Best Book I Didn’t Expect to Like: The North Water by Ian McGuire. When this came up as our book club read I sort of dreaded it. From the description, I thought I would be reading something along the lines of Moby Dick meets Master and Commander and in a way it was sort of that, BUT it was also exciting, gruesome, graphic, and heartbreaking. From the first few pages, I could not put it down and I stayed up until the wee hours of the morning to finish it.
Best Audiobook: Food: A Love Story by Jim Gaffigan. Some of the best audio books are those read by comics, and Jim Gaffigan’s book had me literally laughing out loud while listening to it at the gym. His famous “Hot Pocket” bit is included in this book, and still makes me laugh. Honorable Mention: Kitchens of the Great Midwest, a sweet and funny feel-good book about food and family that I really enjoyed listening to as an audio book.
Best Book in a Series: My Brilliant Friend by Elena Ferrante. I have always been a fan of Elena Ferrante’s work, but admittedly avoided this series because the book covers were so corny. My Brilliant Friend is the first book in a four-part series, and it starts off with a bang. Her intricate story about love and friendship in a small Italian town can only get better as I read more about the characters in future books.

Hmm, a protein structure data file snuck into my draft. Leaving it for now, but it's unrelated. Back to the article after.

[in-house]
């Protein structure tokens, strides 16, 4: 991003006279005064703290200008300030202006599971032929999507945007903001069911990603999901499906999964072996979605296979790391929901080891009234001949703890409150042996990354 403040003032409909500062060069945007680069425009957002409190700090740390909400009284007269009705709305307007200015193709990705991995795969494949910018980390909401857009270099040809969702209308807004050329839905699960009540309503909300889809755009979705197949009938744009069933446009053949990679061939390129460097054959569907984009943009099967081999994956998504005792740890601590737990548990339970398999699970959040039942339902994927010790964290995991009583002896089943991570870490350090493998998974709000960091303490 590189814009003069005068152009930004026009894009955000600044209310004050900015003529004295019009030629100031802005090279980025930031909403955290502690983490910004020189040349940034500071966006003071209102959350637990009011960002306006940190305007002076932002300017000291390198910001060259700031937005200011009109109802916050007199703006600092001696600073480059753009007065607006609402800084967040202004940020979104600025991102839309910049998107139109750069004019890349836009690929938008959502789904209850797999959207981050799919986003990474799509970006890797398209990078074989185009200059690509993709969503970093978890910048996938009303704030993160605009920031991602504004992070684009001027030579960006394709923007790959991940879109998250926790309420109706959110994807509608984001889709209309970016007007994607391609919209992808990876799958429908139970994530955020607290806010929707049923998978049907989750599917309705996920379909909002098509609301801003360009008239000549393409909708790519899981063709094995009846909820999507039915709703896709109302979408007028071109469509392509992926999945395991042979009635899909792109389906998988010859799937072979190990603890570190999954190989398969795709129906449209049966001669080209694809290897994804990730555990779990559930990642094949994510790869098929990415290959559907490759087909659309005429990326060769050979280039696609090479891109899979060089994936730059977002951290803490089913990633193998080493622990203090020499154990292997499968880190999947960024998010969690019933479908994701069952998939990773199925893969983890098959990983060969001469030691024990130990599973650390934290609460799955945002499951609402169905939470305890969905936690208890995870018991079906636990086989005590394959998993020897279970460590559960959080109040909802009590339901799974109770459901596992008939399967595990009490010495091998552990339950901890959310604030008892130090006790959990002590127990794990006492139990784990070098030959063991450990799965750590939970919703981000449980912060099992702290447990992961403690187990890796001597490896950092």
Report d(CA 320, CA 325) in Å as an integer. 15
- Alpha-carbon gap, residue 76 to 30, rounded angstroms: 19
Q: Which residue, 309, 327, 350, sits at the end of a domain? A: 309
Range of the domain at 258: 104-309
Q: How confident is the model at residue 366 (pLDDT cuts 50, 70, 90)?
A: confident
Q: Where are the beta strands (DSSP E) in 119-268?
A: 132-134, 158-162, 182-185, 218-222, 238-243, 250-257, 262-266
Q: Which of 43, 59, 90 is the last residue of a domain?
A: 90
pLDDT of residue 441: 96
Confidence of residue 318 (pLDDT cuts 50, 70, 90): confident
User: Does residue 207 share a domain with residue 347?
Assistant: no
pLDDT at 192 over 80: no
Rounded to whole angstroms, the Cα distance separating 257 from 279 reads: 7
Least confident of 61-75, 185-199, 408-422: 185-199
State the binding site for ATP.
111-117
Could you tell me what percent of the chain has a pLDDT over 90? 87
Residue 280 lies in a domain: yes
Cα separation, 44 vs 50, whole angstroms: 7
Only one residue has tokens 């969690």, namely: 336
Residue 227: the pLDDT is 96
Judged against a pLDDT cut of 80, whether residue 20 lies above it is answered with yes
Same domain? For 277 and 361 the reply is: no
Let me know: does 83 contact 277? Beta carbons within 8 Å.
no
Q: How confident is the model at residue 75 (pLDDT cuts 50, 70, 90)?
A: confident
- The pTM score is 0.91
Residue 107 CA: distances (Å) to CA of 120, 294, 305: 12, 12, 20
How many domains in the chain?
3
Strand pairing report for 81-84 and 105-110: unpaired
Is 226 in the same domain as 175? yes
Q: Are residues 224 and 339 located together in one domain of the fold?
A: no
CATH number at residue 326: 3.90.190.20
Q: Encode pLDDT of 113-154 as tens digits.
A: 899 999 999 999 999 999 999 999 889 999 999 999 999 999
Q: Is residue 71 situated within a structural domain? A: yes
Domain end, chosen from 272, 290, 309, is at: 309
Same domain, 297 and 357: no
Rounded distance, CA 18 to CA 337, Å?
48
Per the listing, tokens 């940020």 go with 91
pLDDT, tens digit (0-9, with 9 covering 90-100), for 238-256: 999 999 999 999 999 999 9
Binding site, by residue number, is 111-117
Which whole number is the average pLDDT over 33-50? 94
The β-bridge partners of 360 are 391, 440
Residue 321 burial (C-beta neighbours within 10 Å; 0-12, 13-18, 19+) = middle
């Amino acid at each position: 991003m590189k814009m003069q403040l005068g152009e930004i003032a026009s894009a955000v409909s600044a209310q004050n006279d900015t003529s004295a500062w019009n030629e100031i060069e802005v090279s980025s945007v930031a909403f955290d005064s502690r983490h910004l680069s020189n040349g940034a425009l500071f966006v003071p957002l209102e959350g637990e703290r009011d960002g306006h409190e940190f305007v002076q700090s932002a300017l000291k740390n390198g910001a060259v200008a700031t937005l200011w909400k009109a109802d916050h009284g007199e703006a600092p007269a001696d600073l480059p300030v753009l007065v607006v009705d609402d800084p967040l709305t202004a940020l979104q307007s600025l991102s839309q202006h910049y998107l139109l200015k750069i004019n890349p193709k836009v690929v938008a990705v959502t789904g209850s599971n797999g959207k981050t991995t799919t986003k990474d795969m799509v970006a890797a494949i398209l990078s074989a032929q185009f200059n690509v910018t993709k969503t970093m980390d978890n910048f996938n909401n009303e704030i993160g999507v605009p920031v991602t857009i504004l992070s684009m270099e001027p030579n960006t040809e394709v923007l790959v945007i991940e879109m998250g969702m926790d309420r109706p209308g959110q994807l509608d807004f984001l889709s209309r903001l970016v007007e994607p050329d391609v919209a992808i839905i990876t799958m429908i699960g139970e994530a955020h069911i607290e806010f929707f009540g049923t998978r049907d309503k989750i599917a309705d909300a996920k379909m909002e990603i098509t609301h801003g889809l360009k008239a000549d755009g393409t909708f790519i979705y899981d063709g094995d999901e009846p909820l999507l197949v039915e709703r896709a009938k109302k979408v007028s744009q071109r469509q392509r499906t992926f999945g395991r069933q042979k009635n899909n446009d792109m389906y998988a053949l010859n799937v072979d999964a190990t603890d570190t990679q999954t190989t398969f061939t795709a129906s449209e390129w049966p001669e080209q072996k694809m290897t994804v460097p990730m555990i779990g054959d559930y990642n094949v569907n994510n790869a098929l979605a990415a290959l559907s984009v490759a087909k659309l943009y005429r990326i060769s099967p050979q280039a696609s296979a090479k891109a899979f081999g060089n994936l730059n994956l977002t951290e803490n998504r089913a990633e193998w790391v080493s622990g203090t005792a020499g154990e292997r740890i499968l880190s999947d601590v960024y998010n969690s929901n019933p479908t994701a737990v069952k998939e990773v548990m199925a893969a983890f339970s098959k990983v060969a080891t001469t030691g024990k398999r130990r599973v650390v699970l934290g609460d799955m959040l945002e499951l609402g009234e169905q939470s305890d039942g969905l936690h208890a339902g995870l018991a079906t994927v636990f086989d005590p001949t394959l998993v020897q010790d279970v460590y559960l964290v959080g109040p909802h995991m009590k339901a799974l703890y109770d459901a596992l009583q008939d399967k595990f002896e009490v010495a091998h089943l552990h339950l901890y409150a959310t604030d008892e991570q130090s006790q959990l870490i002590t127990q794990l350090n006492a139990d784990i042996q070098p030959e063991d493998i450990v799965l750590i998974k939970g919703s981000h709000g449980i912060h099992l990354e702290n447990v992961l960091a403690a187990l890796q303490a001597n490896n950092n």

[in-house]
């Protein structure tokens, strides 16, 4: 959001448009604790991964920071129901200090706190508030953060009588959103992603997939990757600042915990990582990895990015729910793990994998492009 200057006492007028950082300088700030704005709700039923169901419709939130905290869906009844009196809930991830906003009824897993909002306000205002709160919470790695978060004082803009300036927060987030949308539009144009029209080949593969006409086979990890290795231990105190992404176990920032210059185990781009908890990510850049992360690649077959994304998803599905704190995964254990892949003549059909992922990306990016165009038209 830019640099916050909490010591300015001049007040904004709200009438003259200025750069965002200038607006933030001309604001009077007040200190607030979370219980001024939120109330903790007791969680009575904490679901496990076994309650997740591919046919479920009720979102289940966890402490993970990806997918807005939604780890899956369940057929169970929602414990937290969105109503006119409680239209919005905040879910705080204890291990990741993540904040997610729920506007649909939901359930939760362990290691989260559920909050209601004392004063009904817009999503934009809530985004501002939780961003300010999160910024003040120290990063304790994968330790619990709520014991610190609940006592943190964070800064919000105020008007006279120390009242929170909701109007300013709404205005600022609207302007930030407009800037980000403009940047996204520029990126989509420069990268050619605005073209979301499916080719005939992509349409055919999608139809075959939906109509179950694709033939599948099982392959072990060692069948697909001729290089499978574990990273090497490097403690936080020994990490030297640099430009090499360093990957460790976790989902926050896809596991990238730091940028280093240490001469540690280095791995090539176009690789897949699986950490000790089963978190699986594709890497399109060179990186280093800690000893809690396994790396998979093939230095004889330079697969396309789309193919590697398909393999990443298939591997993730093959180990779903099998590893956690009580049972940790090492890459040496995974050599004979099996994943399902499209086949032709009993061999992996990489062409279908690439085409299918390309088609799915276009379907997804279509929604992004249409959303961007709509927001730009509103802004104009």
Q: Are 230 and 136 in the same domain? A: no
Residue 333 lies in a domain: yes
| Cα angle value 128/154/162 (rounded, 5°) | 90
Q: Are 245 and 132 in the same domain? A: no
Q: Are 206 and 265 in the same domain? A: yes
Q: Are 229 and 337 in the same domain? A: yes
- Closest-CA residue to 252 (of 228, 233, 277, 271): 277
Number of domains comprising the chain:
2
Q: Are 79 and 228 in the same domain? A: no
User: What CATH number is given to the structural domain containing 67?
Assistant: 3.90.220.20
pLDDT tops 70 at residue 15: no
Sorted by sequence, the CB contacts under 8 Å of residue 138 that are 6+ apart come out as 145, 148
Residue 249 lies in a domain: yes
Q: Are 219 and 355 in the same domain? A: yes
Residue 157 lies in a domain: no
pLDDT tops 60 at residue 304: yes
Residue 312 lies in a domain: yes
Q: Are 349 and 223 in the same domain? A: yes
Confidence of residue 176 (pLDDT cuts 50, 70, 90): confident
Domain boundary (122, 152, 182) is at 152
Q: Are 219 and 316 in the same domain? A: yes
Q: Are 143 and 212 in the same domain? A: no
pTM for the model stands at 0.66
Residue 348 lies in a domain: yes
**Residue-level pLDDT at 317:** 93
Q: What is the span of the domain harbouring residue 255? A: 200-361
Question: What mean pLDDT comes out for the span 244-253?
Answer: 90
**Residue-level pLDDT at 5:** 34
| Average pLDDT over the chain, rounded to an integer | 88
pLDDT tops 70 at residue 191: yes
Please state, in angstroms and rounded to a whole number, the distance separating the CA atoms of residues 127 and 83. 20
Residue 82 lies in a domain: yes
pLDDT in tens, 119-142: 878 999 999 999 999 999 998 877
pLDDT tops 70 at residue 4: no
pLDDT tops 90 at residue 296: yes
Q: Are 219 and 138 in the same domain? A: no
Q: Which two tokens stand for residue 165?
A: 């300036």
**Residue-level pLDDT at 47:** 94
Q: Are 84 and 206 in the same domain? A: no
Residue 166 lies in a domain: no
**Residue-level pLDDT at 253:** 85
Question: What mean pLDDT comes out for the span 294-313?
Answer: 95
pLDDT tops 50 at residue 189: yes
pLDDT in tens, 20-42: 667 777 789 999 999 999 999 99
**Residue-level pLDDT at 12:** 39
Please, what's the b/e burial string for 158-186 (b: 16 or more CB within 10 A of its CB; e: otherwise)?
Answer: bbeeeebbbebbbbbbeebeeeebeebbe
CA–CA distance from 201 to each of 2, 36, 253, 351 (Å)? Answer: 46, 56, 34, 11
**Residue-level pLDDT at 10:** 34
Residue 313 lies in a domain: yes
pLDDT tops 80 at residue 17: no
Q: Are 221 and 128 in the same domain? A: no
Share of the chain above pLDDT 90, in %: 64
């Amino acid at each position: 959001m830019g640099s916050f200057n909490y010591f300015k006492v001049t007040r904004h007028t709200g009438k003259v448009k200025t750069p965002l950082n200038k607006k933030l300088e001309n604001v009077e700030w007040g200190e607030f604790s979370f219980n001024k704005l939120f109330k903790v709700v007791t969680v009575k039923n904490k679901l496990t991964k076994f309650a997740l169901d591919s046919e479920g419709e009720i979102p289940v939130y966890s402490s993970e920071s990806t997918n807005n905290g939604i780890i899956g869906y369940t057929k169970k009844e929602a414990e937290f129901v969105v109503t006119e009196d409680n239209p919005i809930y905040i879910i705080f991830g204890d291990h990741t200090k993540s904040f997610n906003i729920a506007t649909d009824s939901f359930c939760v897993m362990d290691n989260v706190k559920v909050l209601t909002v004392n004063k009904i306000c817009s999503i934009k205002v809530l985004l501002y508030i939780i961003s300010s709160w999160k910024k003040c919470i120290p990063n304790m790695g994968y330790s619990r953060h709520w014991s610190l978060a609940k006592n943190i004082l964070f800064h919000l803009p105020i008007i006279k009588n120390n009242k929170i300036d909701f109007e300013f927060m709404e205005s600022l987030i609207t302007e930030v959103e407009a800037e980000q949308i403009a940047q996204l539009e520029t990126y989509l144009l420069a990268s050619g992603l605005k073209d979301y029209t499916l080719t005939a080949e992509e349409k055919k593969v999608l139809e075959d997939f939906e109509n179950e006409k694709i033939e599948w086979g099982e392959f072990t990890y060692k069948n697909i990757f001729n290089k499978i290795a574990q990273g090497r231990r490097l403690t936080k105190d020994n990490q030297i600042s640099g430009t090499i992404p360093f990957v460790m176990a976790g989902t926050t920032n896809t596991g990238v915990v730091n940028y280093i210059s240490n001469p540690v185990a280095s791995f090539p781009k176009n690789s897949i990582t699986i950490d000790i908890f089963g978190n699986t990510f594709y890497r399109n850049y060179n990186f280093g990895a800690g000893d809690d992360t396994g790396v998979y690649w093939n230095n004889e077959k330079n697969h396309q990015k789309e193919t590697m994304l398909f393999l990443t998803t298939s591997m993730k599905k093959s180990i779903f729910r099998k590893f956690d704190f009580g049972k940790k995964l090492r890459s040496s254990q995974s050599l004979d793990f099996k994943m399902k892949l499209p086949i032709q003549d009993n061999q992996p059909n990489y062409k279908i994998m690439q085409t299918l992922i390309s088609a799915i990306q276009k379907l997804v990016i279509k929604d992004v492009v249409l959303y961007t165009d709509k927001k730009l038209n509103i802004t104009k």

Best Guilty Pleasure: Big Little Lies by Liane Moriarty. I’m a little bit late to the game with Liane Moriarity books. I always thought they would be too girly for me but now I get why people love them so much. They are super easy to read and very entertaining.
Best Summer Read: The Nest by Cynthia D’Aprix Sweeney. As one of the buzziest books of the summer, I had pretty low expectations, but it turned out to be one of our most talked about book club books. If you love reading about dysfunctional families with lots of money, then you’ll love this book.
Best Book I Loved to Hate: Tiny Pretty Things by Sona Charaipotra and Dhonielle Clayton. Even though I gave this book a pretty low rating on Goodreads, I can’t deny that a tiny part of me enjoyed reading it in the same way that I enjoy watching Dance Moms or The Bachelor. As a former wannabe dancer, I have a sick obsession with dance books (and tv/movies) and couldn’t resist one described as “Black Swan meets Pretty Little Liars.” (It is exactly that.) While I wanted to strangle all the characters in this book, I still found myself completely, and embarrassingly, absorbed and looking forward to reading the next book.
Best Book with a Red Stiletto on the Cover: Cinder by Marissa Meyer. Remember when I said I refused to read books with a red stiletto on the cover? Well, it was pointed out to me that I actually did read a book with red stiletto cover art – granted with the leg of a cyborg in the shoe – and enjoyed it. Cinder is a dystopian take on the classic Cinderella fairy tale, and the first in The Lunar Chronicles series. If you liked books like The Hunger Games and/or the Divergent series, then this will be right up your alley.